Batman and Robin #17
Life Is But a Dream
I'm going to have to address a spoiler from Batman #17 to talk about this month's Batman and Robin. I don't think it will be a major revelation, but if you are eager to preserve every second of surprise from the conclusion of Death of the Family, then turn back now because the rest of this review is not safe.
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Damian is alive! Rejoice Robin fans...at least until Morrison completes his run on Batman, Incorporated and murders the brat there. Relax, I'm just kidding. I love the brat as much as the next guy, and let's hope he has not been spared Joker's crowbar to die at the hands of Leviathan.
I really have no idea what to expect from Tomasi anymore. His run started off amazing, became mediocre, got down right shoddy for awhile, and then boosted back up to being really great, so I am officially labeling this series a wild card. Does our young hero use his new lease on life to have an inspiring adventure, or is this a muddling story written just to string as along the series until Robin's soon coming death?
In this issue, Robin, Batman and Alfred are all haunted by their own nightmares.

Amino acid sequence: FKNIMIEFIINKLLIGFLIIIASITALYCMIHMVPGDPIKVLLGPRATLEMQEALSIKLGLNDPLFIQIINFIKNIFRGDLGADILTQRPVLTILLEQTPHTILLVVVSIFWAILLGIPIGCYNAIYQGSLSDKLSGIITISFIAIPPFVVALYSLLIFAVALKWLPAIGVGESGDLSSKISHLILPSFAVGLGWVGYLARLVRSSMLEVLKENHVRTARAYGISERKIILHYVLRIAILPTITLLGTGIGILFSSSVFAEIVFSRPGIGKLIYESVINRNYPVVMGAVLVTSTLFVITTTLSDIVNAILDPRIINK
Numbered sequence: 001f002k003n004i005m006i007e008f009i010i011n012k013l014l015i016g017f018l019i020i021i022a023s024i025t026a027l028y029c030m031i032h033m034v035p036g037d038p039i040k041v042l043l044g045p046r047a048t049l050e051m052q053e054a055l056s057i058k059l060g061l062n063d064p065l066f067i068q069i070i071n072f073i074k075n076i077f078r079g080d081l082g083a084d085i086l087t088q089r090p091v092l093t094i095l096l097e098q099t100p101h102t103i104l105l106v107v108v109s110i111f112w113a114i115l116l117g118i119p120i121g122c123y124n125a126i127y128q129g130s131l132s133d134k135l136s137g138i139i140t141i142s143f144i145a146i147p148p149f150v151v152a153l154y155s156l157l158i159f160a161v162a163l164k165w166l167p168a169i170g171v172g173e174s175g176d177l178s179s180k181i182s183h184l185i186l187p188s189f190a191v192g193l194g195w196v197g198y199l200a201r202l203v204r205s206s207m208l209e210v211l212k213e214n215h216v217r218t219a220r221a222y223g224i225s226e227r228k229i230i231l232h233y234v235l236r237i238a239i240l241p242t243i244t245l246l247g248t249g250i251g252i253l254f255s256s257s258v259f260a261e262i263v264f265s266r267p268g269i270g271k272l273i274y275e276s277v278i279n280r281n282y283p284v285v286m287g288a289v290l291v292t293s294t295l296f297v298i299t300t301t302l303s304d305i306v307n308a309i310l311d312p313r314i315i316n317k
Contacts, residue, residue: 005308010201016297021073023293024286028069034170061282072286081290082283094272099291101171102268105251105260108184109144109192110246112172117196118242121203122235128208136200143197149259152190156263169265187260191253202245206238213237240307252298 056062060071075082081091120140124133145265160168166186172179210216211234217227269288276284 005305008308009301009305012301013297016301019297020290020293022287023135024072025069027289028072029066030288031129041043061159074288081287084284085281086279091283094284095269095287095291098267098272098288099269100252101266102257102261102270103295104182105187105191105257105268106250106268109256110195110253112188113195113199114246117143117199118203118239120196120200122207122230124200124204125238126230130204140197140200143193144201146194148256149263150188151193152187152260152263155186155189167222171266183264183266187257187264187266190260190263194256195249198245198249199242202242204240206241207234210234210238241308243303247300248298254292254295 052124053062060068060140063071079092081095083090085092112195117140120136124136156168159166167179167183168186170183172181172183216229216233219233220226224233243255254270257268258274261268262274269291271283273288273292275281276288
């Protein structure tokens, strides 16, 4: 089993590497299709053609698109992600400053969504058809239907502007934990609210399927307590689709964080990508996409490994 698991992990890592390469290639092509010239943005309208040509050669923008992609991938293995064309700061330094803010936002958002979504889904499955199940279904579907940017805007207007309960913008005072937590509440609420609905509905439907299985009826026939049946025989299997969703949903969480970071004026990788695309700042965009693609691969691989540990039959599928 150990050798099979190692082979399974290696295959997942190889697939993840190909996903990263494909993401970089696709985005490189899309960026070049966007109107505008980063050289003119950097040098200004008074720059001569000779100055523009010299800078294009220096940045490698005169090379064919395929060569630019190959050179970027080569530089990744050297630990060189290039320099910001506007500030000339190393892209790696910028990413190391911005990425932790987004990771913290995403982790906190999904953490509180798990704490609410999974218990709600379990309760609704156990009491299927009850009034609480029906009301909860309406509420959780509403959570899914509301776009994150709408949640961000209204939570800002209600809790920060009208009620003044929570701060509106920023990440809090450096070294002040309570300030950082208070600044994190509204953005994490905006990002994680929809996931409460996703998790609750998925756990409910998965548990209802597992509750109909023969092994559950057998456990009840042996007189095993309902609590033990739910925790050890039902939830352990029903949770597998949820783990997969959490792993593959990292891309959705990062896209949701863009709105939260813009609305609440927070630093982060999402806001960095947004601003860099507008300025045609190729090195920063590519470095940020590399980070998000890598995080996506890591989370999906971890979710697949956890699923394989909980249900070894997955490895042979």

This was a very odd issue, so I'm going to use a fairly odd reviewing pattern and just break up my reivew into the different sections of the story.
First, Tomasi seems to be keeping with the same strategy he used in the Batman and Robin Annual of focusing on the Damian, Bruce, and Alfred. Though he is still the least focused on of the three, it feels right for Alfred to get a little more of a starring role in a Batman series, and it makes sense that it would be in this book which is the most family based title in the Batman lineup. It's about darn time somebody started writing some good Alfred stories, and I hope Tomasi continues to deliver.
At the beginning of this issue, we see Batman and Robin come home and go through their cool down routine. Its a nice scene with lots of little nods to deeper personal interactions. Though the act of coming home after a night of fighting would be exceptional to most people, you get the feeling that this is just an everyday experience for them. Bruce and Damian chow down on sandwiches back to back almost appearing to ignore one another, yet Damian is using his dad as a support as he slouches back. Even the little differences of the three as they drift off to dream land is carefully thought out.